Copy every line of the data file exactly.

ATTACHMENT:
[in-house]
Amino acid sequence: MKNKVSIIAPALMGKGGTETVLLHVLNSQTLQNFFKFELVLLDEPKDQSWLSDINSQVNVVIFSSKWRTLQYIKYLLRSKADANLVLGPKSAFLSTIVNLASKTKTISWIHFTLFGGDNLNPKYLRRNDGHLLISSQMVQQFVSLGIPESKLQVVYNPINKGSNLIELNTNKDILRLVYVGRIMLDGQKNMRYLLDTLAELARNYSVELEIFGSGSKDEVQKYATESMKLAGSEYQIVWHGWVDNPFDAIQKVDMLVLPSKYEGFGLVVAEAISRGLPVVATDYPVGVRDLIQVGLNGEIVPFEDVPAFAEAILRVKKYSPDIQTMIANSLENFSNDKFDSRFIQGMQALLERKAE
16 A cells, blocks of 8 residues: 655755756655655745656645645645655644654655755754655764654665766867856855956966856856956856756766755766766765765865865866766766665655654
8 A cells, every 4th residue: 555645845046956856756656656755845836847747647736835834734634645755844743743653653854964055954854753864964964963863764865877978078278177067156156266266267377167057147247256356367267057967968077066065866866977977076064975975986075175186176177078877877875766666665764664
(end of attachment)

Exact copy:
[in-house]
Amino acid sequence: MKNKVSIIAPALMGKGGTETVLLHVLNSQTLQNFFKFELVLLDEPKDQSWLSDINSQVNVVIFSSKWRTLQYIKYLLRSKADANLVLGPKSAFLSTIVNLASKTKTISWIHFTLFGGDNLNPKYLRRNDGHLLISSQMVQQFVSLGIPESKLQVVYNPINKGSNLIELNTNKDILRLVYVGRIMLDGQKNMRYLLDTLAELARNYSVELEIFGSGSKDEVQKYATESMKLAGSEYQIVWHGWVDNPFDAIQKVDMLVLPSKYEGFGLVVAEAISRGLPVVATDYPVGVRDLIQVGLNGEIVPFEDVPAFAEAILRVKKYSPDIQTMIANSLENFSNDKFDSRFIQGMQALLERKAE
16 A cells, blocks of 8 residues: 655755756655655745656645645645655644654655755754655764654665766867856855956966856856956856756766755766766765765865865866766766665655654
8 A cells, every 4th residue: 555645845046956856756656656755845836847747647736835834734634645755844743743653653854964055954854753864964964963863764865877978078278177067156156266266267377167057147247256356367267057967968077066065866866977977076064975975986075175186176177078877877875766666665764664